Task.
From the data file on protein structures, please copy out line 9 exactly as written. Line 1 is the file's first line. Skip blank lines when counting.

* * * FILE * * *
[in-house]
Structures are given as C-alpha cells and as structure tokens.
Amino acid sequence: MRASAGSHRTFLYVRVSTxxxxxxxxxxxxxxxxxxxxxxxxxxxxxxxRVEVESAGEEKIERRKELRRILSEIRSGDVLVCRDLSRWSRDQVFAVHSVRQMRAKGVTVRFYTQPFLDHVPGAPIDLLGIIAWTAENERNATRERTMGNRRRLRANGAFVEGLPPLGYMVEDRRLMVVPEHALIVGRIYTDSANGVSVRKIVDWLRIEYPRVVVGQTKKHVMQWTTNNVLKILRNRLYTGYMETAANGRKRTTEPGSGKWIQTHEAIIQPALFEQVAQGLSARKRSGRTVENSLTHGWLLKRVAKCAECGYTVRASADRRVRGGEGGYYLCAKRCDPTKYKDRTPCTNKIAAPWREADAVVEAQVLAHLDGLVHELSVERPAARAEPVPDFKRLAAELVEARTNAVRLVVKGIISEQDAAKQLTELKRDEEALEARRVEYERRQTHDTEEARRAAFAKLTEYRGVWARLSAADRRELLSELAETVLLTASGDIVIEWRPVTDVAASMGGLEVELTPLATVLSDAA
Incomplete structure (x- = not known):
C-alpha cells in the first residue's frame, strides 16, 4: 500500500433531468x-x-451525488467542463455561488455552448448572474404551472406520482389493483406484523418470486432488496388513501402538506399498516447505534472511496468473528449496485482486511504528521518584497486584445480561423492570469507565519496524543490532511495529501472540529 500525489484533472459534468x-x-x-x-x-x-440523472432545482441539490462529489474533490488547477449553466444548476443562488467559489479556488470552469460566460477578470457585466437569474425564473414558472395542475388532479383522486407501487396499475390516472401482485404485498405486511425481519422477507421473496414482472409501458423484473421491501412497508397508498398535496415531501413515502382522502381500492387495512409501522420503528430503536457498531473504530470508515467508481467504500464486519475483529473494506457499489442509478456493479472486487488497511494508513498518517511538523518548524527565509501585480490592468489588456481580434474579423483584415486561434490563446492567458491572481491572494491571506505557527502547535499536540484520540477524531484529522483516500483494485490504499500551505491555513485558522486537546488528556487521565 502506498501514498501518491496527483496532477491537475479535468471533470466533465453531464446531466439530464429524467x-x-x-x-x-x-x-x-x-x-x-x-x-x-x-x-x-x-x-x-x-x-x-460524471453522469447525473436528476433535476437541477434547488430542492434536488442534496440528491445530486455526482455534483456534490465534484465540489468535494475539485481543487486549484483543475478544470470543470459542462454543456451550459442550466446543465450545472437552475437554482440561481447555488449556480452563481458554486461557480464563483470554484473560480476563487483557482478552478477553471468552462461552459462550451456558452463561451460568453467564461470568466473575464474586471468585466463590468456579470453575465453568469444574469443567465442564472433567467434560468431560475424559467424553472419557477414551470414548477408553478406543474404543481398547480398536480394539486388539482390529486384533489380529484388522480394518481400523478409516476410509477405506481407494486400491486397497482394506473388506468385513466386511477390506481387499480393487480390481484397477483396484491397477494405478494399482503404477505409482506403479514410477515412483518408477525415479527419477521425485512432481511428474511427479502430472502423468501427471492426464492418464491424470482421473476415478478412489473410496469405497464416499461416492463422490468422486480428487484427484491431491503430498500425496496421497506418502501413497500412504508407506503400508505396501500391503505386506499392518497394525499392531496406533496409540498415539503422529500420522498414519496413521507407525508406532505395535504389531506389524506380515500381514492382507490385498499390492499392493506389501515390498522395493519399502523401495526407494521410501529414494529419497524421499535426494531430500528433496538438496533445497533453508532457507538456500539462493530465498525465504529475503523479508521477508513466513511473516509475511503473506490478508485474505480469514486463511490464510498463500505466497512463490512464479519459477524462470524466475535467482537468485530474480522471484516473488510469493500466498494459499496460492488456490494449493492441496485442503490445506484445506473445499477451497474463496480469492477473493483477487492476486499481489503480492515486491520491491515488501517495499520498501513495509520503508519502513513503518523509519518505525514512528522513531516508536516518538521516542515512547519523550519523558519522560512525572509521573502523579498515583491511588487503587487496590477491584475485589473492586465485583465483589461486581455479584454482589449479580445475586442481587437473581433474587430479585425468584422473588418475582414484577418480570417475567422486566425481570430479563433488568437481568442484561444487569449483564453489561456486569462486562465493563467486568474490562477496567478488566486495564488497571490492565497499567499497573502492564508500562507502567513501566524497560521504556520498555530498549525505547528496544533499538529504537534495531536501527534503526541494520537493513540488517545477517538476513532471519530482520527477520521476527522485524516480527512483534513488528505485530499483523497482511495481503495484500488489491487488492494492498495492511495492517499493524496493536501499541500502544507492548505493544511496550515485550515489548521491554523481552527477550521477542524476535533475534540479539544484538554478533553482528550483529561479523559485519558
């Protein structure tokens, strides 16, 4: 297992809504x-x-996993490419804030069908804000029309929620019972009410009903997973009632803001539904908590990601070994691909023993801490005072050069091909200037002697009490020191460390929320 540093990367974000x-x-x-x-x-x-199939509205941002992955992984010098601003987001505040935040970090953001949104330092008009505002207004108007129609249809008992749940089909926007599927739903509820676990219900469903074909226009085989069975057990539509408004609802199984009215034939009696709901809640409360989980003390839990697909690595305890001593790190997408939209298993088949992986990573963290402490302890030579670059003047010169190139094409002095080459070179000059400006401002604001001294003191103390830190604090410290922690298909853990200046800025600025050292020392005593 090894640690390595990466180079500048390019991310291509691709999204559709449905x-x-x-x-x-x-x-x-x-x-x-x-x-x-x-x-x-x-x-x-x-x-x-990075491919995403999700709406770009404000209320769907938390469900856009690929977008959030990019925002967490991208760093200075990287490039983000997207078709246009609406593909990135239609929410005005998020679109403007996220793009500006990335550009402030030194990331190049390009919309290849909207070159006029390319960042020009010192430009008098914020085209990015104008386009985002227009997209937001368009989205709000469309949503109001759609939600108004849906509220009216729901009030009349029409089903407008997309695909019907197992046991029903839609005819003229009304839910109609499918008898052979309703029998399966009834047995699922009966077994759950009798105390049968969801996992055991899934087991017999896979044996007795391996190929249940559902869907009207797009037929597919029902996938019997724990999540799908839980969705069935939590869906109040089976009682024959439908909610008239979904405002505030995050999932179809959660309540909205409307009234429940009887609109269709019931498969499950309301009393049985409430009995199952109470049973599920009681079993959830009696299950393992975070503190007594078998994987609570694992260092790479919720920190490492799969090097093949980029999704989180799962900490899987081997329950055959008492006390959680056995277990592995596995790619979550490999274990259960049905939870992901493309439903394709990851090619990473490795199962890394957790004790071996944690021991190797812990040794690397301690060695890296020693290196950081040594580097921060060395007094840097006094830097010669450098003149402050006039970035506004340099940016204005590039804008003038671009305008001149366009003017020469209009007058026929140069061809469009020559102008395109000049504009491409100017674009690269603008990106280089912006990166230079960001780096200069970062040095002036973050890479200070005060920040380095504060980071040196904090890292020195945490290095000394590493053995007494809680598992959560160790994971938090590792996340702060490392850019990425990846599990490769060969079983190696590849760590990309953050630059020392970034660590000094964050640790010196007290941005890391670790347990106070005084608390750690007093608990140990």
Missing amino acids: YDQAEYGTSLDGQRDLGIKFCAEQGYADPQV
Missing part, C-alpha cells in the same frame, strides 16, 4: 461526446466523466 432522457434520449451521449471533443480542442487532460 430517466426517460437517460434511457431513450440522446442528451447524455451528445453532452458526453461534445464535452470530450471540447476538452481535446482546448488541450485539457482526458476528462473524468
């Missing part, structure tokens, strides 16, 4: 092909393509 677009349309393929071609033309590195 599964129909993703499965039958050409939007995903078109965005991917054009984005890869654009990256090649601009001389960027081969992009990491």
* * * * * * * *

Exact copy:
């Missing part, structure tokens, strides 16, 4: 092909393509 677009349309393929071609033309590195 599964129909993703499965039958050409939007995903078109965005991917054009984005890869654009990256090649601009001389960027081969992009990491």